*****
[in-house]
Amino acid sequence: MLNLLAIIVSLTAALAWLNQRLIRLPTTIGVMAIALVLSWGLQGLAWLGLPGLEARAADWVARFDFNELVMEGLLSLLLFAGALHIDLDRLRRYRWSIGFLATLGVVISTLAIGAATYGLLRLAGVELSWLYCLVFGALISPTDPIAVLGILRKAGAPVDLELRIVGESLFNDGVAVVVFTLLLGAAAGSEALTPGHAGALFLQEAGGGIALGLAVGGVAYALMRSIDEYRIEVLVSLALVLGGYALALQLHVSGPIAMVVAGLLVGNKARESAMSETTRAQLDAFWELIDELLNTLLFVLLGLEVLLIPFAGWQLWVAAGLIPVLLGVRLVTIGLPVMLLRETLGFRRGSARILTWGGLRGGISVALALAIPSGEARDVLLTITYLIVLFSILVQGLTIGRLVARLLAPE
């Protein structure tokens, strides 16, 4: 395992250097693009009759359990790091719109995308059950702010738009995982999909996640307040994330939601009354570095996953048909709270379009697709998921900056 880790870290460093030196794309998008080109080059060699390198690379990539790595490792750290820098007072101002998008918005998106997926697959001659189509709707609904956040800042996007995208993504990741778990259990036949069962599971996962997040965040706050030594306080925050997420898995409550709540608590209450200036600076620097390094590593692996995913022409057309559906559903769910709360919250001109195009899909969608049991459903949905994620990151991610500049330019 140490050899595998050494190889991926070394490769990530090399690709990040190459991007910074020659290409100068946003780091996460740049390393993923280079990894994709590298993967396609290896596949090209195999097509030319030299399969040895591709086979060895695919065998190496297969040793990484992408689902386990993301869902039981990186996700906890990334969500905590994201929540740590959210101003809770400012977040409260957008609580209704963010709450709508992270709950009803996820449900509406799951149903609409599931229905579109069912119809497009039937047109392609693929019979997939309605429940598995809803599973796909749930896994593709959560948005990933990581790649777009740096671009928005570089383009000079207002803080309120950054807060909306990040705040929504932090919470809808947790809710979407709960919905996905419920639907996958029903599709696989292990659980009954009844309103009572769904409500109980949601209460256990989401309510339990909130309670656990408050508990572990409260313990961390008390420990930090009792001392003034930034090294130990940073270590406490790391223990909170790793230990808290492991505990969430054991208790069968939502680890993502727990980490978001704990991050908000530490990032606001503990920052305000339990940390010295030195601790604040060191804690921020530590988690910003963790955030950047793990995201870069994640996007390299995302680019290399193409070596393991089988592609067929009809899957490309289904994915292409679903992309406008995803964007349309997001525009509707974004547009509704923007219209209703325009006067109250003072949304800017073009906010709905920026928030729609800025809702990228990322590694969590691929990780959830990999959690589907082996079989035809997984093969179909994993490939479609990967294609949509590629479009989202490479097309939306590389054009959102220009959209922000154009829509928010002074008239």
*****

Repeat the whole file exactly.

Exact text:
[in-house]
Amino acid sequence: MLNLLAIIVSLTAALAWLNQRLIRLPTTIGVMAIALVLSWGLQGLAWLGLPGLEARAADWVARFDFNELVMEGLLSLLLFAGALHIDLDRLRRYRWSIGFLATLGVVISTLAIGAATYGLLRLAGVELSWLYCLVFGALISPTDPIAVLGILRKAGAPVDLELRIVGESLFNDGVAVVVFTLLLGAAAGSEALTPGHAGALFLQEAGGGIALGLAVGGVAYALMRSIDEYRIEVLVSLALVLGGYALALQLHVSGPIAMVVAGLLVGNKARESAMSETTRAQLDAFWELIDELLNTLLFVLLGLEVLLIPFAGWQLWVAAGLIPVLLGVRLVTIGLPVMLLRETLGFRRGSARILTWGGLRGGISVALALAIPSGEARDVLLTITYLIVLFSILVQGLTIGRLVARLLAPE
């Protein structure tokens, strides 16, 4: 395992250097693009009759359990790091719109995308059950702010738009995982999909996640307040994330939601009354570095996953048909709270379009697709998921900056 880790870290460093030196794309998008080109080059060699390198690379990539790595490792750290820098007072101002998008918005998106997926697959001659189509709707609904956040800042996007995208993504990741778990259990036949069962599971996962997040965040706050030594306080925050997420898995409550709540608590209450200036600076620097390094590593692996995913022409057309559906559903769910709360919250001109195009899909969608049991459903949905994620990151991610500049330019 140490050899595998050494190889991926070394490769990530090399690709990040190459991007910074020659290409100068946003780091996460740049390393993923280079990894994709590298993967396609290896596949090209195999097509030319030299399969040895591709086979060895695919065998190496297969040793990484992408689902386990993301869902039981990186996700906890990334969500905590994201929540740590959210101003809770400012977040409260957008609580209704963010709450709508992270709950009803996820449900509406799951149903609409599931229905579109069912119809497009039937047109392609693929019979997939309605429940598995809803599973796909749930896994593709959560948005990933990581790649777009740096671009928005570089383009000079207002803080309120950054807060909306990040705040929504932090919470809808947790809710979407709960919905996905419920639907996958029903599709696989292990659980009954009844309103009572769904409500109980949601209460256990989401309510339990909130309670656990408050508990572990409260313990961390008390420990930090009792001392003034930034090294130990940073270590406490790391223990909170790793230990808290492991505990969430054991208790069968939502680890993502727990980490978001704990991050908000530490990032606001503990920052305000339990940390010295030195601790604040060191804690921020530590988690910003963790955030950047793990995201870069994640996007390299995302680019290399193409070596393991089988592609067929009809899957490309289904994915292409679903992309406008995803964007349309997001525009509707974004547009509704923007219209209703325009006067109250003072949304800017073009906010709905920026928030729609800025809702990228990322590694969590691929990780959830990999959690589907082996079989035809997984093969179909994993490939479609990967294609949509590629479009989202490479097309939306590389054009959102220009959209922000154009829509928010002074008239």